Daniel Vlaardingerbroek


Any update on this matter? I got diagnosed in 2017 and had to stop my hobby (Gliding) because of it, I agree with the abovementioned posts that the technology is on a whole new level, which makes managing Diabetes Type 1 a lot easier! Heck, there are even whole closed-loop systems on the market now.... How far does technology need to go before EASA realises that it's safe to fly for us diabetics if we're managing our Diabetes properly? As far as I know there hasn't even been a single test run for type 1 diabetics, so I seriously question what EASA is waiting for, and I surely can't be the only one...

I am hoping that EASA will finally take this matter seriously and that they will look at it, because frankly speaking, this is taking way too long. EASA is definitely falling behind on their counterparts...

Kind regards,



Just read this in the Research Agenda of EASA, doesn't look hopeful...

"New diagnostic measures are being developed that allow reliable
continuous blood glucose level monitoring. Furthermore, the
medical industry has developed automated insulin pumps that
allow the equipment to monitor the glucose level and administer
the insulin dose needed in an automated manner. Nevertheless,
the sensors used by all these type of equipment may be affected
by pressure changes and aircraft on-board environment. There are
no research studies available currently to assess the possibility of
their safe use in aviation environment and in order to alleviate the
requirements imposed to pilots with such pathology."

Jonas Karbach

...and where is the problem to start selecting data by allowing insulin treated type 1 diabetics to fly with a safety pilot(for the first time), like the type two‘s?

Kadir Hattat

Insulin pumps deliver insulin at a different rate at altitude but, I do not use a pump. Just a CGM. I think this should be considered. Also I use about 0.45 units of insulin per body kilogram. Every person and their condition is different. My advice to EASA is, “Nothing ventured, nothing gained”.
EASA should consider at least max 2 seat gliders, motorgliders and ultralights to start building up a database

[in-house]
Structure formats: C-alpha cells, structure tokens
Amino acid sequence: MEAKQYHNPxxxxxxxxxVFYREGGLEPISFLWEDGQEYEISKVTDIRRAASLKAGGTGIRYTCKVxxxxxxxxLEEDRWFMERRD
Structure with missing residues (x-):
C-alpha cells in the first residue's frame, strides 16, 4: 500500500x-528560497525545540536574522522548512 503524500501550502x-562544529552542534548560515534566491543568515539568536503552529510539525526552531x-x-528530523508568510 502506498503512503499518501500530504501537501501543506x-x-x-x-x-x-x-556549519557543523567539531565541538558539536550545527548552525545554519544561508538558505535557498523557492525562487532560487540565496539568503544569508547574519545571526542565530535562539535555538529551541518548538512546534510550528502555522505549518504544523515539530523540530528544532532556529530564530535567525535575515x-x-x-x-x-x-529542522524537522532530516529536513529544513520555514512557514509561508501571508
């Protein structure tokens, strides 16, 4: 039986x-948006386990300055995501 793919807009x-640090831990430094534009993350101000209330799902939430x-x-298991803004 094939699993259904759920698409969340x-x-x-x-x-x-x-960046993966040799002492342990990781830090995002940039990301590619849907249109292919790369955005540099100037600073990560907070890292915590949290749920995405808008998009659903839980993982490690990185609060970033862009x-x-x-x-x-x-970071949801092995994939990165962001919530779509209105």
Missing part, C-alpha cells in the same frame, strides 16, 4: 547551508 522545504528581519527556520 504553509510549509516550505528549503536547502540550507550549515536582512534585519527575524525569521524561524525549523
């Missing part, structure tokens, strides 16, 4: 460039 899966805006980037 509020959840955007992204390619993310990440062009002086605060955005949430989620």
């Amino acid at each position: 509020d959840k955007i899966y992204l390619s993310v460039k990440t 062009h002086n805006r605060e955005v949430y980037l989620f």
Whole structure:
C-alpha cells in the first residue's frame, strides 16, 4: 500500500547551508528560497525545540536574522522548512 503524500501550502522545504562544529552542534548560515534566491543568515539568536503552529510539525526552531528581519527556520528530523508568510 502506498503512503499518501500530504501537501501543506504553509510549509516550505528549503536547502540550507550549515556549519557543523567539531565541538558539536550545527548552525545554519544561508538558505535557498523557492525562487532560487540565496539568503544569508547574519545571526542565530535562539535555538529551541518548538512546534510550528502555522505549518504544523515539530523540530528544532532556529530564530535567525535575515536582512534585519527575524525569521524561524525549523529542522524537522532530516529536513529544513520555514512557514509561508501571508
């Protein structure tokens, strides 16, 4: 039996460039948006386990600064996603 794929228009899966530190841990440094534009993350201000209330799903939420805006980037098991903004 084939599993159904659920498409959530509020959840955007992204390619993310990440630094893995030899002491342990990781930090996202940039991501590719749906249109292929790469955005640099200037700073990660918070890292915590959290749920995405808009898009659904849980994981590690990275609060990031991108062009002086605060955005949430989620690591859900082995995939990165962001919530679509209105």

Jakub Nadszyszkownik

Actually, first completed safety report on pilots with insulin-treated diabetes has been already published:

As predicted, no safety concerns have been reported.
I don't understand argument pointed out by Research Agenda of EASA that CGM sensors have not been validated for use in aviation environment. Prior to COVID-19 pandemic millions of passengers were flying with CGM devices with no observed impact on quality of glucose readings. Moreover, above cited study refers to ongoing clinical trial on comparing the data obtained from CGM vs. conventional fingerstick glucose monitoring. Estimated study completion date was set on December 2020, so there is still a hope that we see the results soon.

Ricardo Rocha

I wonder if there would be a way to create a group of pilots interested in moving things forward in this area, and trying to establish contact with EASA. There seems to be a large pool of pilots that had to stop their activity even if they have access to technology that allows them to live a perfectly normal life - including participating in activities where blood sugar management is much more complicated than flying a leisure motor aircraft or glider.

Jonas Karbach

Thanks for that Ricardo! Looks like some nice Pre-Work! Reading all the documents, it sounds very practicable and safe to fly so. Clearly defined what and when to do.

Lubomir Kovalcik

[~4095] That's very well written. But I am afraid that it won't help me here at all till EASA actually change their medical requirements. Anyway maybe it would be good to point out, that risk of having hypoglycemia while flying is very low with CGM in combination with insulin pump, because it is not even physically demanding activity like hiking/running or other sports which could lead to sudden drops in blood glucose. I think that, actually flying can only lead to stressful situation or adrenaline rush, which temporarily increase your insulin resistance and leads to higher blood glucose, which have much lower risk of passing out in short time. It would take many hours and you would certainly notice this if you are wearing cgm or even not.

Daniel Micallef

I actually authored the documents mentioned in the thread - I am a doctor and got a pilot license while studying in the UK (which I can't use locally as I'm type I diabetic). I would be willing to help out too.
It's high time that a reasonable solution is found by EASA:
- Australia, Canada, the US, Austria, Ireland and the UK already have guidelines in place which have been used for several years - if there were safety issues, the relevant authorities would have repealed or modified the guidelines. It's not like EASA would be pioneering something which has never been tested in the world.
- The above allow even class I certification - possibly, the EASA can't start off even with LAPL's or class II's?